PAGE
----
Those caring for people with a borderline personality disorder commonly entertain fantasies of rescue, that some miracle will sweep the problem away. These fantasies are no foundation for the recovery the West is seeking in Afghanistan. No-one can live someone else’s life, no outsider can change the local culture – not without extensive bloodshed. The only people who could possibly introduce any measurable change in this semi-feudal society and propel it into modernity are the Afghani women – not Western soldiers.
The most heartbreaking tragedy of societies like Afghanistan is gender inequality, translated into an absolute lack of female power. A society deprived of the civilising, gentle, female influence inevitably becomes deformed into an exclusively male dominion, with all the macho pretentions that implies, plus an emphasis and respect for brute force and a lamentable lack of subtlety and lateral thinking. A male-dominated society, lacking emotional or cultural female input, inevitably slides into polygamy, disregard for women as worthy members of society. Their physical and sexual abuse is inevitable.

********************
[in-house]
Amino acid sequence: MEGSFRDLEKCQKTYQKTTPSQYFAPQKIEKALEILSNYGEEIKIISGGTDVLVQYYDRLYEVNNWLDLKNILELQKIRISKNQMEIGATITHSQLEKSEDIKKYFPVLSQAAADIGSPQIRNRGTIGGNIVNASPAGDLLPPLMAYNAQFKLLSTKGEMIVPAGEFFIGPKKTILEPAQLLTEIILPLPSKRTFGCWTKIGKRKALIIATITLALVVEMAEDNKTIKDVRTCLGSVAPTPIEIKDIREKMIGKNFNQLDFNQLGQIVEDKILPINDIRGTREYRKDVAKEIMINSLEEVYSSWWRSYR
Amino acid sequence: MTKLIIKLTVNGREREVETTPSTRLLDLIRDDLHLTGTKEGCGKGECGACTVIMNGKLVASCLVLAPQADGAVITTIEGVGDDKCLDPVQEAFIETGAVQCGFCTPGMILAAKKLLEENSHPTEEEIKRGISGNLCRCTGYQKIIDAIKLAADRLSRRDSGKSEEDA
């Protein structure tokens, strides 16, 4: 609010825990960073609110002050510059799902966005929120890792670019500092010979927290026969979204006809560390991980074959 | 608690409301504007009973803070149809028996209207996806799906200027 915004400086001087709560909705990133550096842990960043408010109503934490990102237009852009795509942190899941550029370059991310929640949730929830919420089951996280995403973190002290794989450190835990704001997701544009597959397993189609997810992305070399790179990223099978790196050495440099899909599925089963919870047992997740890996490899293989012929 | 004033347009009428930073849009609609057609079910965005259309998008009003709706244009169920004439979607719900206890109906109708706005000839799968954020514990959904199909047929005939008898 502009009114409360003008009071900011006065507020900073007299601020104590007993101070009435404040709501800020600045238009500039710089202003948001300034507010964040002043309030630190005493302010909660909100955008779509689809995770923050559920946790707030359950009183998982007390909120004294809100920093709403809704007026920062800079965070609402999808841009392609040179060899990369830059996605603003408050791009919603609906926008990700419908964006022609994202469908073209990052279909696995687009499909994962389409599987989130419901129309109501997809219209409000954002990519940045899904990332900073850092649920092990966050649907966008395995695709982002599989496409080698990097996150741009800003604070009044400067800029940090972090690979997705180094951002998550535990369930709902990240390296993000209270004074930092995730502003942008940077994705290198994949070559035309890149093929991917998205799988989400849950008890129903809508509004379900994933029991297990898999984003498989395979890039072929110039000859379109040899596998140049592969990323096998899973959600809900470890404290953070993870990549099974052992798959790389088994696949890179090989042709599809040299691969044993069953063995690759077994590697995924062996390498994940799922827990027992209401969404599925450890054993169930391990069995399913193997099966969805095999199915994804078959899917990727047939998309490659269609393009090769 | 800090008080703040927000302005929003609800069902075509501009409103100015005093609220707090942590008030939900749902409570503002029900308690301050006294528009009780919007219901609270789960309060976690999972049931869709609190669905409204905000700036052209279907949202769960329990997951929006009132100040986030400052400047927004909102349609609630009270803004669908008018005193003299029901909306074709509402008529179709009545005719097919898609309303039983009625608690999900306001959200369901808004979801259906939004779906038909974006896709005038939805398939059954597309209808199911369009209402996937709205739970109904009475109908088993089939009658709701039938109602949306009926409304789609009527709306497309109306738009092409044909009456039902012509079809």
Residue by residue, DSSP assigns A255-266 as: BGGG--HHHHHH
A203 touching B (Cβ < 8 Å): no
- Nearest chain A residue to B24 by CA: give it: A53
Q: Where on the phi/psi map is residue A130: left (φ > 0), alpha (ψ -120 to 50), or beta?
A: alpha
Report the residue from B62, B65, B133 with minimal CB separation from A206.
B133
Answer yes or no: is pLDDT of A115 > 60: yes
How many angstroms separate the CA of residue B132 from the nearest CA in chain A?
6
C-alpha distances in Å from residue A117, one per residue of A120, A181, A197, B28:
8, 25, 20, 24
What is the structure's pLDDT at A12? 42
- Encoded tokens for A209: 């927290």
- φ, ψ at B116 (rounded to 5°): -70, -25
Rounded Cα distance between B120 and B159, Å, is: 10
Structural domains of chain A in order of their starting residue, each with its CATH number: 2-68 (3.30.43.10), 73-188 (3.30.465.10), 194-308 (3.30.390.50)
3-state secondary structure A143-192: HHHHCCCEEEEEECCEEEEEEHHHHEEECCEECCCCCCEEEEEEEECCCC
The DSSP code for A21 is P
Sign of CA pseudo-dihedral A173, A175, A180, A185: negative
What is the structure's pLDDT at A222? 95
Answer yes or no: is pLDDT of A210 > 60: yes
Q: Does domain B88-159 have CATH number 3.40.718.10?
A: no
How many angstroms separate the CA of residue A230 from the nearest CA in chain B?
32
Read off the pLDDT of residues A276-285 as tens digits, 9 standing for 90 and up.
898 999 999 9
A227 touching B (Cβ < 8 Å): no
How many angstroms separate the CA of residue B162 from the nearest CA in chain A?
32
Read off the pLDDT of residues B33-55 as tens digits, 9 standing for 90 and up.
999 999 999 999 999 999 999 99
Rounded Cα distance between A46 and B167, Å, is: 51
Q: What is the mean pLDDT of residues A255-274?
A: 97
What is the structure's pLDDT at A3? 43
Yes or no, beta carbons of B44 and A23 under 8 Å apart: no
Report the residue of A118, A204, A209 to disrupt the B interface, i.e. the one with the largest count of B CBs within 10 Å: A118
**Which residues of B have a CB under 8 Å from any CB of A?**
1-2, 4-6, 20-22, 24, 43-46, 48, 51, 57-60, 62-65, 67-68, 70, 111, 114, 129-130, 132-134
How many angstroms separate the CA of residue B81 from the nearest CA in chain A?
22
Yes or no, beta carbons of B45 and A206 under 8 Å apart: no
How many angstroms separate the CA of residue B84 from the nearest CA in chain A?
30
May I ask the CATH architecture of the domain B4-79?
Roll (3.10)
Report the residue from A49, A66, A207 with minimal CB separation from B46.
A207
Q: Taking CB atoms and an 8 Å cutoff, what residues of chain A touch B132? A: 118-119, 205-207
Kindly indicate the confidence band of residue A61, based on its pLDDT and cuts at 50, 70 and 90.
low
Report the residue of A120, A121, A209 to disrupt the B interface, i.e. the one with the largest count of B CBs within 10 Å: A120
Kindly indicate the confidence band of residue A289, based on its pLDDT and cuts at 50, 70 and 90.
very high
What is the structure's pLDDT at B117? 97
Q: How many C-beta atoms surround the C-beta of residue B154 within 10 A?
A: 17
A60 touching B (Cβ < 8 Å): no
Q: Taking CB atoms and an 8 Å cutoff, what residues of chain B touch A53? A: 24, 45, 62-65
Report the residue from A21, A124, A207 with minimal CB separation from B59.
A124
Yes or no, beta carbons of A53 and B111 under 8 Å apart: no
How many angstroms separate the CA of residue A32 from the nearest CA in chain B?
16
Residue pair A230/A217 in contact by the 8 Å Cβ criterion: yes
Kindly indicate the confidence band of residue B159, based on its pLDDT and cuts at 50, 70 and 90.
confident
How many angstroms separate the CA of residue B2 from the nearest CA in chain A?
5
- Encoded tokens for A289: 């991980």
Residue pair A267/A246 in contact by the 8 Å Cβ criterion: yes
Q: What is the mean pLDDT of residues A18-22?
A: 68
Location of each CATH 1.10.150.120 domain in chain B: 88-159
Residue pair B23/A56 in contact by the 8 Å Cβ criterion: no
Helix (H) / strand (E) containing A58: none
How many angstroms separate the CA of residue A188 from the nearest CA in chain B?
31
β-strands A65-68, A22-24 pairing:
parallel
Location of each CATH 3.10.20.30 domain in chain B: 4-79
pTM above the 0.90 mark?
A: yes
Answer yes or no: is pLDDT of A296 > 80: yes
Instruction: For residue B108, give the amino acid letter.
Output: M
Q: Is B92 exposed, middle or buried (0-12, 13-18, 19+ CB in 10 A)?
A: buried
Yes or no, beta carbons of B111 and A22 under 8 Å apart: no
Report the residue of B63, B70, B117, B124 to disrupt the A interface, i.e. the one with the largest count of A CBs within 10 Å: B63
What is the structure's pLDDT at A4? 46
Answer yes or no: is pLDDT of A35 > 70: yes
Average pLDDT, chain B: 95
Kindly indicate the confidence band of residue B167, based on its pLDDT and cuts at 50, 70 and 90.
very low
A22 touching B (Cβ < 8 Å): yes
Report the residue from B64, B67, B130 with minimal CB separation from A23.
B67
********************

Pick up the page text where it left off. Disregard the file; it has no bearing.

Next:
Afghani women live out their lives totally at the mercy of their men – interminably traumatised by their powerlessness and lack of protection by the law. A significant proportion inevitably develop a constantly festering post-traumatic stress disorder (PTSD). The distress of these women is not contained, it is transmitted – to their children, to their families, to their men, permeating the whole of their society. Trans-generational transmission ensures that the emotional trauma festers on for generations, gradually becoming part of this society’s culture. Oppression of females in any society, including denial of contraception, ensures this society’s lack of development and failure to thrive. It leads to a high birth rate and notorious youth “bulges” in the demographic profile, associated, in turn, with societal instability and increased levels of violence. Only female emancipation could reverse these malignant trends and gradually transform such a society into a prosperous and self-sufficient polity.